What is Job Sharing?


Peggy began her first job-sharing arrangement when she became pregnant with her second child. A customer support representative for a technology firm, Peggy approached her boss about the prospect of going part-time. As it turned out, her boss had a solution. His wife's best friend, who worked for a competitor, was also expecting and looking to reduce her hours. At his suggestion, the women began sharing the job shortly after Peggy returned from maternity leave.

Peggy worked the morning shift and her job partner took over in the afternoon. Peggy loved having more time with her kids, but she no longer found her job rewarding. She became increasingly frustrated with her partner, who had a very different working style and showed little interest in keeping Peggy informed of the status of work orders and what was going on with their clients.

To keep clients happy and prevent things from falling through the cracks, Peggy began putting in an extra hour each day (unpaid) to help with the transition. Her partner resented this and accused Peggy of trying to make her look bad. After much bickering, Peggy was forced to return to the job full-time.

Peggy's story is a familiar one. While nearly all agree that job sharing is a great way to create a sense of work/life balance, many report diminished levels of job satisfaction as well as tensions with their job-share partner.

"The most important aspect of a job-sharing arrangement is the professionals who are part of the team," says Kathy Tenenbaum, a partner at Job Sharing Resources, an employment services company dedicated to job sharing.

"Not only do you need two people with the right skills and experience, you have to find partners who don't mind sharing, who won't get proprietary about the work or be too controlling, who have similar styles, communicate well and like to work as a team."

"Job sharing isn't for everyone," warns Kathy Smith, a benefits consultant who has been part of a job-share team for seven years. "If you're overly competitive, insecure or a control-freak, you're better off in some other type of part-time arrangement."

"You need to be secure, and know how to manage your time, let go of control and work so closely with somebody that you can share a phone, a desk, and any credit or blame."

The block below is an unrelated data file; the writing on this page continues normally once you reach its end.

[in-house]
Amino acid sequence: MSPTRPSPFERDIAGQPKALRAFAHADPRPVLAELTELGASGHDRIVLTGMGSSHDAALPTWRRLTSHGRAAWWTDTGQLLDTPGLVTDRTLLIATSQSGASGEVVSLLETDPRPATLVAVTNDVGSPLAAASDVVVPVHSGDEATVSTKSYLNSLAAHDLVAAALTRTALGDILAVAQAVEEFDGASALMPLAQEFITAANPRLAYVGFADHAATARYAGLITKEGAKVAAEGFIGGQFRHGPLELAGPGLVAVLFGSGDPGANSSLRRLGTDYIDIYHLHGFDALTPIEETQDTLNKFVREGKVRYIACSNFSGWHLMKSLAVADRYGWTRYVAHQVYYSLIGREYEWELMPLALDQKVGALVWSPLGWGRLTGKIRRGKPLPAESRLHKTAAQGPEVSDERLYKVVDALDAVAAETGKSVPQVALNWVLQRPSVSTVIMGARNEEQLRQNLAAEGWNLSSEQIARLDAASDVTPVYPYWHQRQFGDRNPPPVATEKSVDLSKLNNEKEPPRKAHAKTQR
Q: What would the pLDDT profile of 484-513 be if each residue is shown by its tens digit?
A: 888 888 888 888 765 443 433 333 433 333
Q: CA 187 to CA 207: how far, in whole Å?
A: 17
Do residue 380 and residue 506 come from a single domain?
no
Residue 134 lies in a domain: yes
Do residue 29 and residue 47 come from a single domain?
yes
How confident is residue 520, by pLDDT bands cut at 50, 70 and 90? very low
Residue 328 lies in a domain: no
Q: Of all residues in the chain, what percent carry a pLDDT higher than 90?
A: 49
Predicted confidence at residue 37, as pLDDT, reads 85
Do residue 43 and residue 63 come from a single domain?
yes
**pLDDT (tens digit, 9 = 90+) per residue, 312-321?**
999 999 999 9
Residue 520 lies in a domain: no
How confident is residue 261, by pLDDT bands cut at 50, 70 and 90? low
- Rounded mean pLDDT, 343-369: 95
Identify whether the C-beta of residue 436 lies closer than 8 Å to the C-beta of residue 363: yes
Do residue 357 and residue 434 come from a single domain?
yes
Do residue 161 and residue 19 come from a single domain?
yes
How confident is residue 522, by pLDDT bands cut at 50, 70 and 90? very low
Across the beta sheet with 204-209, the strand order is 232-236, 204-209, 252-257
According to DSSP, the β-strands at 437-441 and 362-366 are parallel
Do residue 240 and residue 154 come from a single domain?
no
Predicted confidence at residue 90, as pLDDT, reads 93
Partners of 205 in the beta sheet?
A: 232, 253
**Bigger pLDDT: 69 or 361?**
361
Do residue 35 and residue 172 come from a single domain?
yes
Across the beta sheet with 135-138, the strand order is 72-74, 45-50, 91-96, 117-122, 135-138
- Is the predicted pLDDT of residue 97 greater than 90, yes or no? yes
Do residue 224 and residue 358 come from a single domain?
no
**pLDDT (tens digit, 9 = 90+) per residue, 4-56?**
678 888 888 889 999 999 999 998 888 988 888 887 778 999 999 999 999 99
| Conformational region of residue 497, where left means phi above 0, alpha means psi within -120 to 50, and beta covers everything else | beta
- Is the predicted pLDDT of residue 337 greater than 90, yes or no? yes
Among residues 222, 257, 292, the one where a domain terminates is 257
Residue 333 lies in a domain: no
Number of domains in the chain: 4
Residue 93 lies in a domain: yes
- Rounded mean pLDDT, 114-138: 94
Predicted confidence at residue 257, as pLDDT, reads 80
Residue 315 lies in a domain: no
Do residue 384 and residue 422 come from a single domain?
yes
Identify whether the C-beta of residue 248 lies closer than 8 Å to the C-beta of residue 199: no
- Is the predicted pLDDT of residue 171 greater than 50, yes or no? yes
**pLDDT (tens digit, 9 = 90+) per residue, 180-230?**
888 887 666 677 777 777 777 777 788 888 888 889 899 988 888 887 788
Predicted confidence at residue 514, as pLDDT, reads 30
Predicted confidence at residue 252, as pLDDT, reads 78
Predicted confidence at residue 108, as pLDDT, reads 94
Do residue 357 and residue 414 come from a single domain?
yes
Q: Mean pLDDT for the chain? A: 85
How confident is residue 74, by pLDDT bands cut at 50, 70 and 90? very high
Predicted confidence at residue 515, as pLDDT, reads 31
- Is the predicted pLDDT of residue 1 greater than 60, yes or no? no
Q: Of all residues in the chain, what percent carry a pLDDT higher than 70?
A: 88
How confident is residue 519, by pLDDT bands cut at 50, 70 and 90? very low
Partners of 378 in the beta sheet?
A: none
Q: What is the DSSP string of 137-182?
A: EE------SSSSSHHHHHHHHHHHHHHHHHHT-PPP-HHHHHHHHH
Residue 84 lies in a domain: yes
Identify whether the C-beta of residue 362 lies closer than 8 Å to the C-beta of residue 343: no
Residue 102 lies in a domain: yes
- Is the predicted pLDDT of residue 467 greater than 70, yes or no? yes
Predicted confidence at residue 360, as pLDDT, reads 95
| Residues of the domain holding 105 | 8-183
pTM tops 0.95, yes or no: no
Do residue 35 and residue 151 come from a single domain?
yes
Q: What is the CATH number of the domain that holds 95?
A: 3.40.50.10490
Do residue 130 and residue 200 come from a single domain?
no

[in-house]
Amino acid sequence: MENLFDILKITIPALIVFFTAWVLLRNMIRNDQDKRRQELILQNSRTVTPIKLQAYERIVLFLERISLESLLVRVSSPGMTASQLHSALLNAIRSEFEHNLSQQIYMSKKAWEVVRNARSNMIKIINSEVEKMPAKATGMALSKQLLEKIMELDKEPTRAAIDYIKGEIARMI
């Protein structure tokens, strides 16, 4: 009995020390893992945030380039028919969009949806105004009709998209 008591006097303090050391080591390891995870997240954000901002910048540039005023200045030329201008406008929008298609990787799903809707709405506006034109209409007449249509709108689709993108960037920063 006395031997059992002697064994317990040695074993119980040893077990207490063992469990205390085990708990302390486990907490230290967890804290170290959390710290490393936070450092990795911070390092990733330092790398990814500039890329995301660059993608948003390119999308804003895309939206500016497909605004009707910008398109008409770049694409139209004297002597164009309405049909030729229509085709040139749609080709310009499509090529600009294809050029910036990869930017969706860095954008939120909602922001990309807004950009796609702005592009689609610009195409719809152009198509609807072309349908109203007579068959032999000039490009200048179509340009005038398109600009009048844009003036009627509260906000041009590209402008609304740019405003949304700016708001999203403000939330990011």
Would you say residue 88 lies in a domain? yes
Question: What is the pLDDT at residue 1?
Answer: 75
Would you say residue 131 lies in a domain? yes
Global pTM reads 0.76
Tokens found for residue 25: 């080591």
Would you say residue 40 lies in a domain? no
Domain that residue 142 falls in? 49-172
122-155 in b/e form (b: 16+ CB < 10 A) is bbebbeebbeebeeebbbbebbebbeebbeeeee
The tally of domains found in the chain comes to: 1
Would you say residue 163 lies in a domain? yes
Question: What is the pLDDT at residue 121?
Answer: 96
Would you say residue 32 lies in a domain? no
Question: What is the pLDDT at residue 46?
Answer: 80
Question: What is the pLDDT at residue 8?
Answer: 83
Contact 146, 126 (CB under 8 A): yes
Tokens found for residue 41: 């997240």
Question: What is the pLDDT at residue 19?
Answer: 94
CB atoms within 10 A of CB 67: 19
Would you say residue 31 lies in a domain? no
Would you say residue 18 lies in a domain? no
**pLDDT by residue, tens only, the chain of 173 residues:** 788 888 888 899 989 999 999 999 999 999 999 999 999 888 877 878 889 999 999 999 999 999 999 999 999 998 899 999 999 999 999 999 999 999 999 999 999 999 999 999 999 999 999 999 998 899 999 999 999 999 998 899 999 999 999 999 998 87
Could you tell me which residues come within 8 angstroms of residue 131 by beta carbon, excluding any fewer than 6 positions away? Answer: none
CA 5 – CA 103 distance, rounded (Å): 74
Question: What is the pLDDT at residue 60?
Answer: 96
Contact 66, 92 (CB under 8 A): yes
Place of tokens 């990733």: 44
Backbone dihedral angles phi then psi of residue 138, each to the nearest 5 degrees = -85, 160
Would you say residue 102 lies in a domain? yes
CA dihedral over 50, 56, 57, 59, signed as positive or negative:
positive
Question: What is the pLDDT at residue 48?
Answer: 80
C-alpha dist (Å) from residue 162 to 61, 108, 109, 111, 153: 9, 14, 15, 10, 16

"You need to find another person whom you know you can work well with as a team... Someone with a similar philosophical and practical approach to the business," adds Peggy, who has since found a job-share partner with whom she is compatible.

"From there, it takes a lot of communication, coordination and strategizing as to how to come up with an arrangement and system for working that will best get the job done. For example, should you work interchangeably and perform the same tasks? Divide your caseloads so that you each work on different projects and with different clients? Or should you perform separate tasks according to your own strengths and skill sets?"

In her new arrangement, Peggy and her job-share partner perform the same tasks, but to ensure a smooth transition, they spend a half of a day working together.

"We found that instead of splitting into morning and afternoon shifts, which in effect requires five transitions per week, it's better if we work full days," Peggy says.

"I work Monday, Tuesday and Wednesday, while my partner comes in part of Wednesday, and works all day Thursday and Friday. This not only makes the hand-off easier, but reduces our transportation costs as well."

Human Resources expert Lori Kocon agrees that it's best to have some overlap, so that both partners can be in the office at the same time to communicate about various projects and priorities. In addition, she offers a few final tips for job-share partners:

  • Work cooperatively, not competitively.

  • Establish hand-off procedures and stick to them.

  • Be honest and open.

  • Present a unified front to customers, co-workers and company management.

  • Make sure everyone understands your arrangement and work patterns.

  • Be flexible with one another.

  • Above all, communicate, communicate, communicate!

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